Those companies that have reduced their costs to survive can represent a serious opportunity for you to prosper in the long run. For example, if your competitors are cutting back on the number of sales people they employ, then relationships with their customers will suffer, and that is an opportunity for you. Your competitors’ customers won’t see the competitive sales people as often, or maybe not at all. That lack of attention is an open door for you.
As you call on your customers over the next few months, pay particular attention to anything you can learn about possible competitor’s cut backs. Try to ascertain which of your customers or prospects may be impacted by that. Give those people special attention.
If you can make an inroad into an account that was formerly committed to a competitor, that relationship you establish will work well for you even after the market turns around.
It may be, however, that your competitor has not reduced the number of sales people, but has cut back on service or production. If that’s the case, then it is possible that some of your competitor’s accounts are having trouble with delivery, service, quality, etc. Now is the time to get into those accounts and sniff around to find problems they may be experiencing. Any such problem is an opportunity for you.
3. Your customers close down, or move their facility to Mexico or China.
This one is a real challenge. What possible good can come of a customer going out of business in your territory? If you do your job well and are blessed with a little bit of luck, this could turn into two or three good customers down the road.
If you have done your job well over the past few years, you will have created positive relationships with several key people. You know them personally as well as professionally. You may have met their spouses or children. You’ve gained their respect and trust. Many of them are not going to move to Mexico, China, or anywhere else. They are going to stay right where they are, which means that they will be looking for a job similar to what they are doing now.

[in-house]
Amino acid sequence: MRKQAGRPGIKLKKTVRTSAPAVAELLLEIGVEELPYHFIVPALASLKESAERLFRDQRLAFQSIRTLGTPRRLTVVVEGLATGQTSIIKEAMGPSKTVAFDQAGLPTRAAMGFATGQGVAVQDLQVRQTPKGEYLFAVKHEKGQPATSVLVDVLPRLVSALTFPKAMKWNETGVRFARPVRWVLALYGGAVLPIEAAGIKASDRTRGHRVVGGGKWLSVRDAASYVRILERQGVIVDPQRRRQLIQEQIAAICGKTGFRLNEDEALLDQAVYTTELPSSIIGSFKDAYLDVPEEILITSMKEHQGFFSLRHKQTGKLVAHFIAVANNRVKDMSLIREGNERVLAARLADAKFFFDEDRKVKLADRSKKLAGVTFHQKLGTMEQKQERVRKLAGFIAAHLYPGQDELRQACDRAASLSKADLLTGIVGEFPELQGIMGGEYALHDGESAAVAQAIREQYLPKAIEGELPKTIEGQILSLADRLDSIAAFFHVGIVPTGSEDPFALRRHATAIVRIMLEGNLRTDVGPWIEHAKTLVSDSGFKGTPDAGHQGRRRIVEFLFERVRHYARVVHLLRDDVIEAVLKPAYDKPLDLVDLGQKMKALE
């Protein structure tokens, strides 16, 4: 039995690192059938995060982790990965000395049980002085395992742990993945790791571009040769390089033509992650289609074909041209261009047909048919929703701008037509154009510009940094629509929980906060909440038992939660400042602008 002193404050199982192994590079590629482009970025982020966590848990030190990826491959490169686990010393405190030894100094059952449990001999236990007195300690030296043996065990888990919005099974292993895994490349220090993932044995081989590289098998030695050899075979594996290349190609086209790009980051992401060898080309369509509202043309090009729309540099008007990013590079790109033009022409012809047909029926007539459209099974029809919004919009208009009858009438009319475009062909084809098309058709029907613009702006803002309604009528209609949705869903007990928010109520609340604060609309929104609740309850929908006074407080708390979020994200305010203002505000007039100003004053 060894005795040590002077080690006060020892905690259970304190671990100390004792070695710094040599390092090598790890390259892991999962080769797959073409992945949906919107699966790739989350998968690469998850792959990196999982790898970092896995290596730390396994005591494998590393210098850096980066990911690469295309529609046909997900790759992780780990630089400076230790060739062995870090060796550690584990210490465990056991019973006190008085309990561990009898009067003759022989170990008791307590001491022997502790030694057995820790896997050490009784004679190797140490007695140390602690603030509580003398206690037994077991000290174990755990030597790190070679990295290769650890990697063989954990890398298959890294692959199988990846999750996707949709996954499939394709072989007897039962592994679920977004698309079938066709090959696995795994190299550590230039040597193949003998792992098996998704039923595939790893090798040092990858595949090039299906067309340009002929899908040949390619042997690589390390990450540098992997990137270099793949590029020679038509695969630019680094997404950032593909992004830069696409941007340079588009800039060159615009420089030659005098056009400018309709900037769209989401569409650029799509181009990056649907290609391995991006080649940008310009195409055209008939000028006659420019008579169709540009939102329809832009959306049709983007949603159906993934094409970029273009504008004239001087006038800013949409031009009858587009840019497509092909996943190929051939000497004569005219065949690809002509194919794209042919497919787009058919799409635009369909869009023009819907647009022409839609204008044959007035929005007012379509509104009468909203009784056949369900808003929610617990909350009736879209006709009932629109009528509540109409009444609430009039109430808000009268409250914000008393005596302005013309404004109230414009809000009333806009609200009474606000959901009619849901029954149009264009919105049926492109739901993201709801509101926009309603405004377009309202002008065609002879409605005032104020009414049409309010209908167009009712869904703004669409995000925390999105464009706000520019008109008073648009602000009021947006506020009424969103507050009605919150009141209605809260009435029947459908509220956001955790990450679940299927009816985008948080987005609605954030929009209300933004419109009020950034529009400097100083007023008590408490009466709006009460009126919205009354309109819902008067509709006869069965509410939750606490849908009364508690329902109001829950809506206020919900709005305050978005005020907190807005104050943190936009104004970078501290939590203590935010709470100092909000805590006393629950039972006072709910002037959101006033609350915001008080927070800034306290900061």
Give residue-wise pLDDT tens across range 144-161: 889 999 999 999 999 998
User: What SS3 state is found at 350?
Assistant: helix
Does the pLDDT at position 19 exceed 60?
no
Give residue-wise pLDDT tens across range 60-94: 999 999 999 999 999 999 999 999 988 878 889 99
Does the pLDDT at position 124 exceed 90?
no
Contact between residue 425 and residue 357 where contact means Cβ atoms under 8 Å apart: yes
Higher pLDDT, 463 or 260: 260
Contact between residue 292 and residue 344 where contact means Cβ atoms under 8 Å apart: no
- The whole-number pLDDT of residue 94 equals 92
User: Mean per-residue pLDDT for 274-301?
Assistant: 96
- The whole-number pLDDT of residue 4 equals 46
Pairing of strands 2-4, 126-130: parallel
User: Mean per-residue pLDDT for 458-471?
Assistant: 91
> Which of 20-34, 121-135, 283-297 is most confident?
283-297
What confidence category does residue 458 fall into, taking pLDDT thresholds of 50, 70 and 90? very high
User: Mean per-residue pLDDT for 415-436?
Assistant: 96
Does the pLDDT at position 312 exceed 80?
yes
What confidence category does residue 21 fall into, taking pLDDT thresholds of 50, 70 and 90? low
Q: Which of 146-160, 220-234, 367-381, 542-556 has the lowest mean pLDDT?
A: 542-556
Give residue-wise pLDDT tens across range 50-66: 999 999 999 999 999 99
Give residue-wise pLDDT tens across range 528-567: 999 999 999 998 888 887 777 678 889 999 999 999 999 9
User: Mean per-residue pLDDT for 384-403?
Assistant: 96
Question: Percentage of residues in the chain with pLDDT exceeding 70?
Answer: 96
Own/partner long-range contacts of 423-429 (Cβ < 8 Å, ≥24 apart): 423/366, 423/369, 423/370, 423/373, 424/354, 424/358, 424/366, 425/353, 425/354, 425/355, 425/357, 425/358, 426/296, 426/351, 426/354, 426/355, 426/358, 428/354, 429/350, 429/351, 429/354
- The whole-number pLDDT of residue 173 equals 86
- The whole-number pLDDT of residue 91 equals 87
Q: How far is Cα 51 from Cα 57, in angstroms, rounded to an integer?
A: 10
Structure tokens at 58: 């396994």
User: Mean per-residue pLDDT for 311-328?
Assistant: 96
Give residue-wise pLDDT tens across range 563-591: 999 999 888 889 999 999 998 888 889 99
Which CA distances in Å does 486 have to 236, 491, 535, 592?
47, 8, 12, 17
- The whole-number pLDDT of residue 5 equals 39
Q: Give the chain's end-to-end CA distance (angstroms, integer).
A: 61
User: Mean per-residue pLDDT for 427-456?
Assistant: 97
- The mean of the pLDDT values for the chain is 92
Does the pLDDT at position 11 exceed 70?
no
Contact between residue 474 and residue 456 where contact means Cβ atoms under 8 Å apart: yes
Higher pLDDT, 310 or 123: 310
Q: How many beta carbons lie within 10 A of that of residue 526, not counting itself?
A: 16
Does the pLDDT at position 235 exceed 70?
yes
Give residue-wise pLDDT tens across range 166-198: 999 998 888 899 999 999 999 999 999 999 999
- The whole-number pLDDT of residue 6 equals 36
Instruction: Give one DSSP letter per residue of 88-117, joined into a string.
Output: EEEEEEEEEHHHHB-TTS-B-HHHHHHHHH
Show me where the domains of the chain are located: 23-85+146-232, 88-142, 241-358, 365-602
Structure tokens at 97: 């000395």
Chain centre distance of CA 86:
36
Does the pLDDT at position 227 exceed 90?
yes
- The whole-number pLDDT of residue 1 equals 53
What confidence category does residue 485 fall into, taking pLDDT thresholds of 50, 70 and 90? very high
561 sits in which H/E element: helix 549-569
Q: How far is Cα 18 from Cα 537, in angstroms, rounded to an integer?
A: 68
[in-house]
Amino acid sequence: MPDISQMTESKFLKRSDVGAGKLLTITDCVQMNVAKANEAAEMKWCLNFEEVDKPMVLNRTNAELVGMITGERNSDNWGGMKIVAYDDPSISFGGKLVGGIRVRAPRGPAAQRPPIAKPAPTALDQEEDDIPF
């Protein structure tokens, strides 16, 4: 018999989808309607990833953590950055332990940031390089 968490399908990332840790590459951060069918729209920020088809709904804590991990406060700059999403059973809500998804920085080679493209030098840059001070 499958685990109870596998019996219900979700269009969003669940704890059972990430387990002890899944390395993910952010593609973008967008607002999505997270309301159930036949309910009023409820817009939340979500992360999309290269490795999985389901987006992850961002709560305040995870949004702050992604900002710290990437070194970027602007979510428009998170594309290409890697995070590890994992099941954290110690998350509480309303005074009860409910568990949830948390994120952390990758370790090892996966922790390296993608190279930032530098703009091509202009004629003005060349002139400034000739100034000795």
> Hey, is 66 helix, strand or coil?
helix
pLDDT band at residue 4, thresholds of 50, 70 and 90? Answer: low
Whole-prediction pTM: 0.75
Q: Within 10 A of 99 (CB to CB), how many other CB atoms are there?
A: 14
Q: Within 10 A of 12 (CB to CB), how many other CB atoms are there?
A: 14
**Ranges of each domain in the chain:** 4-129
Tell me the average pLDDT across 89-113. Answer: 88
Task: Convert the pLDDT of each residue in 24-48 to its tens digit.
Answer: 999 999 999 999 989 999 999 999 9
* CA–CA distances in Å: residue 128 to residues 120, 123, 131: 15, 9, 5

Get their home addresses and phone numbers and copies of their resumes. When you hear of a position opening up somewhere, let them know about it. Try to help them find jobs in your area. Whether or not they find employment because of you, they will recognize that you tried to help. Keep in contact with them. It is possible that they will surface in a position of responsibility for some other company in your area of responsibility. What a great opportunity to leverage your relationship into a new account by calling on that individual.
With some luck, a couple of these displaced key contacts can open doors for you with their new employers.
One of the beautiful aspects of these three clouds with their silver linings is that it is unlikely that your competitors are even thinking this way. They are too busy feeling sorry for themselves and bemoaning the change from the way things used to be. Use these clouds as opportunities to expand the business or to find one or two more accounts, and you’ll be the envy of all the nay sayers around you. More importantly, take on the attitude of looking for the silver lining among the clouds in every difficult situation. It’s the mark of a truly successful professional.
About the Author:
Dave Kahle is one of the world’s leading sales authorities. He’s written twelve books, presented in 47 states and eleven countries, and has helped enrich tens of thousands of sales people and transform hundreds of sales organizations. Sign up for his free weekly Ezine. His book, How to Sell Anything to Anyone Anytime, has been recognized by three international entities as “one of the five best English language business books.” Check out his latest book, The Good Book on Business.